The Web Planet arrived in only the second full season of Doctor Who, originally airing in 1965. It is one of the first truly divisive stories: some fans love it for its breadth of imagination, pushing the show in brave new directions, whilst others find it almost unwatchable because of shoddy production values where a budget has been stretched well beyond breaking point by an overly-ambitious script.
Demon Music Group, which has released a wide selection of Doctor Who titles on vinyl, has now added The Web Planet to its catalogue. A new box set is available, containing three heavyweight 180g vinyls (one side per episode). The design work is up to the usual excellent standards that we have come to expect from this range, and depicts the menacing ant-like Zarbi of the planet Vortis on the cover.
Unlike previous releases, such as The Evil of the Daleks and The Daleks’ Master Plan, The Web Planet exists in its entirely in the BBC archives, and many fans will have the DVD in their collection. This special release – the first time that the Web Planet has been available as a soundtrack – has specially-recorded linking narration by Maureen O’Brien.
The plot is mildly chaotic, but it essentially follows the TARDIS crew as they become embroiled in rivalry between the ant-like Zarbi and butterfly-like Menoptera on the planet Vortis. A third alien species – the Animus – uses gold to control the minds of the other species. In depicting no other humans besides the TARDIS crew, but no fewer than three alien species, The Web Planet showed enormous ambition. The problems are that the budget couldn’t convincingly stretch to adequately translate writer Bill Strutton’s ideas to screen. The Zarbi are a touch cumbersome, and the Menoptera are, well, not the best-realised aliens the series ever offered.
The Web Planet stars William Hartnell as the First Doctor, with William Russell as Ian, Jacqueline Hill as Barbara and Maureen O’Brien as Vicki. The cast also includes the television debut of Martin Jarvis, an actor who would go on to considerable acclaim. Not only that, but he would return to Doctor Who to star opposite both Jon Pertwee (The Invasion of the Dinosaurs) and Colin Baker (Vengeance on Varos).
Besides the poor production values, another issue with The Web Planet is that the story isn’t always compelling. Aside from the TARDIS crew, it’s hard to care about any of the characters. This compounds the problem of the limited budget. Famously, an extra playing a Zarbi in an unwieldy costume clatters into the camera at one point. In an attempt to cover the cracks and make the alien landscape less obviously just a cheap set, director Richard Martin opted to smear a thin layer of vaseline on the camera lens, which lends the visuals a hazy quality. All in all, the distractingly tight budget can’t help but draw attention to a script that is over-stretched to fill six episodes.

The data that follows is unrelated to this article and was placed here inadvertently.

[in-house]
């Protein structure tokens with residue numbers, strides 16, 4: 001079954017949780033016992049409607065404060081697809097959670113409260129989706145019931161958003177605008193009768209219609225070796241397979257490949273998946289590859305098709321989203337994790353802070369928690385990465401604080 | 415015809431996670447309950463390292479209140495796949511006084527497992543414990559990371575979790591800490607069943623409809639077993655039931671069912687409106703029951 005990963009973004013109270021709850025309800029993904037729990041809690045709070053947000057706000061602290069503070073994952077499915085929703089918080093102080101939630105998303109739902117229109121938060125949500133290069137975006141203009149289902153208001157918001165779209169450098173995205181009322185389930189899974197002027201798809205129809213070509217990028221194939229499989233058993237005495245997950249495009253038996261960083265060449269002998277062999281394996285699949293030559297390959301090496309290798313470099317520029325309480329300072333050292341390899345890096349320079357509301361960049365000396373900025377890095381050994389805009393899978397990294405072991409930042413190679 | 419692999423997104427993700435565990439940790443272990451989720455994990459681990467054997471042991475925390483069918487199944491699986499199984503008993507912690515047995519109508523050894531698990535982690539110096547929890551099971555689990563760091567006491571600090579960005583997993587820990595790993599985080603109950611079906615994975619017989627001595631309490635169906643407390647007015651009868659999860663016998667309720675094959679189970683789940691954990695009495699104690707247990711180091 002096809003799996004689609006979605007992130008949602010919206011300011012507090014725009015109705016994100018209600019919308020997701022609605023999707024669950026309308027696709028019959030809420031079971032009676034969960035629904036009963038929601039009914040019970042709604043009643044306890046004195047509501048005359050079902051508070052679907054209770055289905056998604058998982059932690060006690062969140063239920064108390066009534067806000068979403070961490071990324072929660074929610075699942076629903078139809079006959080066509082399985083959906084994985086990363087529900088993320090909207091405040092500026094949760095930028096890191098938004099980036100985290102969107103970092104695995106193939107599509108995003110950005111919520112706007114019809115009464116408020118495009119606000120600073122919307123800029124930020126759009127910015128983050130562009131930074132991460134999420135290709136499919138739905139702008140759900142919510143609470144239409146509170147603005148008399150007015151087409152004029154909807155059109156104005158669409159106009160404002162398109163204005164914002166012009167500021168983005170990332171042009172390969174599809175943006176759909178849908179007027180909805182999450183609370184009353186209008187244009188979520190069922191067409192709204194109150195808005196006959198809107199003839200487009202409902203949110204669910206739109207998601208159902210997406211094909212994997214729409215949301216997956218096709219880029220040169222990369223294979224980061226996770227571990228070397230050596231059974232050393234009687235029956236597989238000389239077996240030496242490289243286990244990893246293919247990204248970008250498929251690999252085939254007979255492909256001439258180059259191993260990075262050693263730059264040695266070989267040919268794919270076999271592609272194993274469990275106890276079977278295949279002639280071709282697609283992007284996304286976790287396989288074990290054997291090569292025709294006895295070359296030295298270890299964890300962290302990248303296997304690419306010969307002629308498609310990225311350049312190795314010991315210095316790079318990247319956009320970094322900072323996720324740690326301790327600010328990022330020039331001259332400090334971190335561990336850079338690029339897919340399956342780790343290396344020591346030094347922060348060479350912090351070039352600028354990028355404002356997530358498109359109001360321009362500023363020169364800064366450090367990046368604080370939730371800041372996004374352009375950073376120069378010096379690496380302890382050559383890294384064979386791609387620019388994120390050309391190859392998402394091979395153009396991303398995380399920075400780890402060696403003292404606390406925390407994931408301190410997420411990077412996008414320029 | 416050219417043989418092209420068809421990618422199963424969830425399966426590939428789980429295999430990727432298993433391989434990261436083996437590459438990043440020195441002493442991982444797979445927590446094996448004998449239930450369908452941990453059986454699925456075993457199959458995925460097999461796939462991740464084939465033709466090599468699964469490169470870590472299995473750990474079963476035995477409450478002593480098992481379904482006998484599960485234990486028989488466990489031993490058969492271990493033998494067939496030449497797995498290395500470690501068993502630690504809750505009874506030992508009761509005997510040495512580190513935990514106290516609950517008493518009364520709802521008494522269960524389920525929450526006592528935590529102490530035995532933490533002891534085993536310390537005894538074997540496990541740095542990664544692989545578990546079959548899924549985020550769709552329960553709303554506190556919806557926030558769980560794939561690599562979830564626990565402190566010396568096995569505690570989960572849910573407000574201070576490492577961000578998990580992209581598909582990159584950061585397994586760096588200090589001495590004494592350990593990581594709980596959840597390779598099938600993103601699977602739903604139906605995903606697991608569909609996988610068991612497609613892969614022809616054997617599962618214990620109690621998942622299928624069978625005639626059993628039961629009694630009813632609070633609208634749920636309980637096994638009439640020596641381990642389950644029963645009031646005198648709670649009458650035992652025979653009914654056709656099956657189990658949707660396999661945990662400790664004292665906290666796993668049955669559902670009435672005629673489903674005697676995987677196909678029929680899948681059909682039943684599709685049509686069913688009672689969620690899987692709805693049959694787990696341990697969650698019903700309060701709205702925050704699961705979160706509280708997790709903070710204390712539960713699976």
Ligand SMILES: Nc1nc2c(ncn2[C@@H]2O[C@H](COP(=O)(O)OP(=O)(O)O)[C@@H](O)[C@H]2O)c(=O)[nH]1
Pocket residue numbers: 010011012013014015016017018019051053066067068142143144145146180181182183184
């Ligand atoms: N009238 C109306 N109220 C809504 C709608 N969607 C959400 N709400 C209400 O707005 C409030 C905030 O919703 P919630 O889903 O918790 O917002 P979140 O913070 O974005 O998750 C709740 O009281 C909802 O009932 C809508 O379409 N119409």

Happily, the audio experience is much more pleasurable than watching the DVD. As a fan of the original series, The Web Planet is a story I seldom return to, because the poor visuals are an almost insurmountable obstacle to enjoying the story. Listening to it on warm vinyl, and allowing the imagination to set the scene, I realised that the story is much better than I’d remembered, and I got much more out of it. I still think it’s a long way short of being ranked with the all-time greats, but it is the first story in the series’ run that tried to do something radically different, and the production team deserves credit for that.
As always, the partnership between William Russell as Ian and Jacqueline Hill as Barbara, separated though they are for much of the serial, is the glue that binds everything together. It’s great to have Maureen O’Brien, best-known now as a novelist, back to lend her vocal talents to set the scene for the listener, and her involvement is an enticement for fans of the Demon Music Group’s extensive Doctor Who catalogue to add The Web Planet to their collection.
Overall, The Web Planet is one of those Doctor Who stories that is more pleasurable to listen to rather than watch, and as such, this release serves it well.
As with some previous titles in the catalogue, there are two versions available: the standard comes with deep red records, but an Amazon-exclusive has clear, blue and red splatter vinyls. The high production values with sturdy packaging, three 180g records and striking design work from Demon Music Group will be sure to impress Doctor Who fans.
Cast: William Hartnell, William Russell, Jacqueline Hill, Maureen O’Brien, Martin Jarvis Writer: Bill Strutton Director: Richard Martin Released by: Demon Music Group Running time: 150 minutes Release date: 13th December 2019 buy now